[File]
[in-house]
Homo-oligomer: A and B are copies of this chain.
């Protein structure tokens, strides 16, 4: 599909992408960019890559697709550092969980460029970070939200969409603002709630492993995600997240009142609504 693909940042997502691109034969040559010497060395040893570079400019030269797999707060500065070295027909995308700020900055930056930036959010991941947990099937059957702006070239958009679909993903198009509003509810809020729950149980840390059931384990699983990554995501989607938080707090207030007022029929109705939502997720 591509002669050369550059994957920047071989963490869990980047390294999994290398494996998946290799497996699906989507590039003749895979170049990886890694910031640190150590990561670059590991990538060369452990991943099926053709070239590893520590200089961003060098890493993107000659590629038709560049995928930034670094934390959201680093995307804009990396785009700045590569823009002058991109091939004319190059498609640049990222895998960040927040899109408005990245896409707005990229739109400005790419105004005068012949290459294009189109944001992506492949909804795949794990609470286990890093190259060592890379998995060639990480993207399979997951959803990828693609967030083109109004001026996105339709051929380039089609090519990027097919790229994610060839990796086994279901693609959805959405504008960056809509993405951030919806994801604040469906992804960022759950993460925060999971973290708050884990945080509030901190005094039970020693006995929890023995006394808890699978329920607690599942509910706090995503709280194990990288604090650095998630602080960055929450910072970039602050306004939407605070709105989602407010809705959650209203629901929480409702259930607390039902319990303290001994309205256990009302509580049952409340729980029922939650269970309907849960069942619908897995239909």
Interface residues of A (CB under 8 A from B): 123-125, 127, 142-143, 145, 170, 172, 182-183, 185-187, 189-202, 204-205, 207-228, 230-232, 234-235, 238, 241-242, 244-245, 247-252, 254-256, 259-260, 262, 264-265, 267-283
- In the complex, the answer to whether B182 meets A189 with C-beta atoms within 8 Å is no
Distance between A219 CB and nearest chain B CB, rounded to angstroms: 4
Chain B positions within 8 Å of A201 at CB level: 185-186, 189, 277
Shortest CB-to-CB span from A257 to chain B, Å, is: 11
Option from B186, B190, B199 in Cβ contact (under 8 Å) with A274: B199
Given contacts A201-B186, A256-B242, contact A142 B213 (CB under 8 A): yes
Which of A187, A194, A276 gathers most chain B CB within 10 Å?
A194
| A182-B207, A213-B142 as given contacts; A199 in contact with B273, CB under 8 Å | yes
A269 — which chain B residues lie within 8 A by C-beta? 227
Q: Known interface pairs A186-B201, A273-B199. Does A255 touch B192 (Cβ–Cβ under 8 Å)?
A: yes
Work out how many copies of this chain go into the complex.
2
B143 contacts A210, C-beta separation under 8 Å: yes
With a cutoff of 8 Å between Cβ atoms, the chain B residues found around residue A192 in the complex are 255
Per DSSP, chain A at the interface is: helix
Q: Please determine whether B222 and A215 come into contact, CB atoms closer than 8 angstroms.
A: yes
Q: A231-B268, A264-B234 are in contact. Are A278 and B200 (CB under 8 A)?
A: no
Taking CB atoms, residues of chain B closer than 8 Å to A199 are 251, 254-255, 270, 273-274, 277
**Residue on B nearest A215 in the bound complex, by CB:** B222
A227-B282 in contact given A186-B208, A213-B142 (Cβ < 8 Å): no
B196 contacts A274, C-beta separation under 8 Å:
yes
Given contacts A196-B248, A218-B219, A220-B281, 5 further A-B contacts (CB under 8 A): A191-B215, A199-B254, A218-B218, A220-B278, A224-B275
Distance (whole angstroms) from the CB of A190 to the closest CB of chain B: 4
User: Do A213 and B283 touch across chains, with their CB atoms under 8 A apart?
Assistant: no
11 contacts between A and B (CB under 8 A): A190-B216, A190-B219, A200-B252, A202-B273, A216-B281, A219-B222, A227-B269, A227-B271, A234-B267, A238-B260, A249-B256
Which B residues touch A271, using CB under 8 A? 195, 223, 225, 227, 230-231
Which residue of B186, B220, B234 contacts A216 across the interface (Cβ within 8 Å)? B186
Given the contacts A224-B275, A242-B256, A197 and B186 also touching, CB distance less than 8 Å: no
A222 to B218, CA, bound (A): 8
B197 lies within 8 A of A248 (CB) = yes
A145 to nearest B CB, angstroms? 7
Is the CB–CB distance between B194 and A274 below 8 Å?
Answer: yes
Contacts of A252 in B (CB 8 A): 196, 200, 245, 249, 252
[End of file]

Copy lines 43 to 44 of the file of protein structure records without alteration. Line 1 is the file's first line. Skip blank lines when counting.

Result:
Answer: yes
Contacts of A252 in B (CB 8 A): 196, 200, 245, 249, 252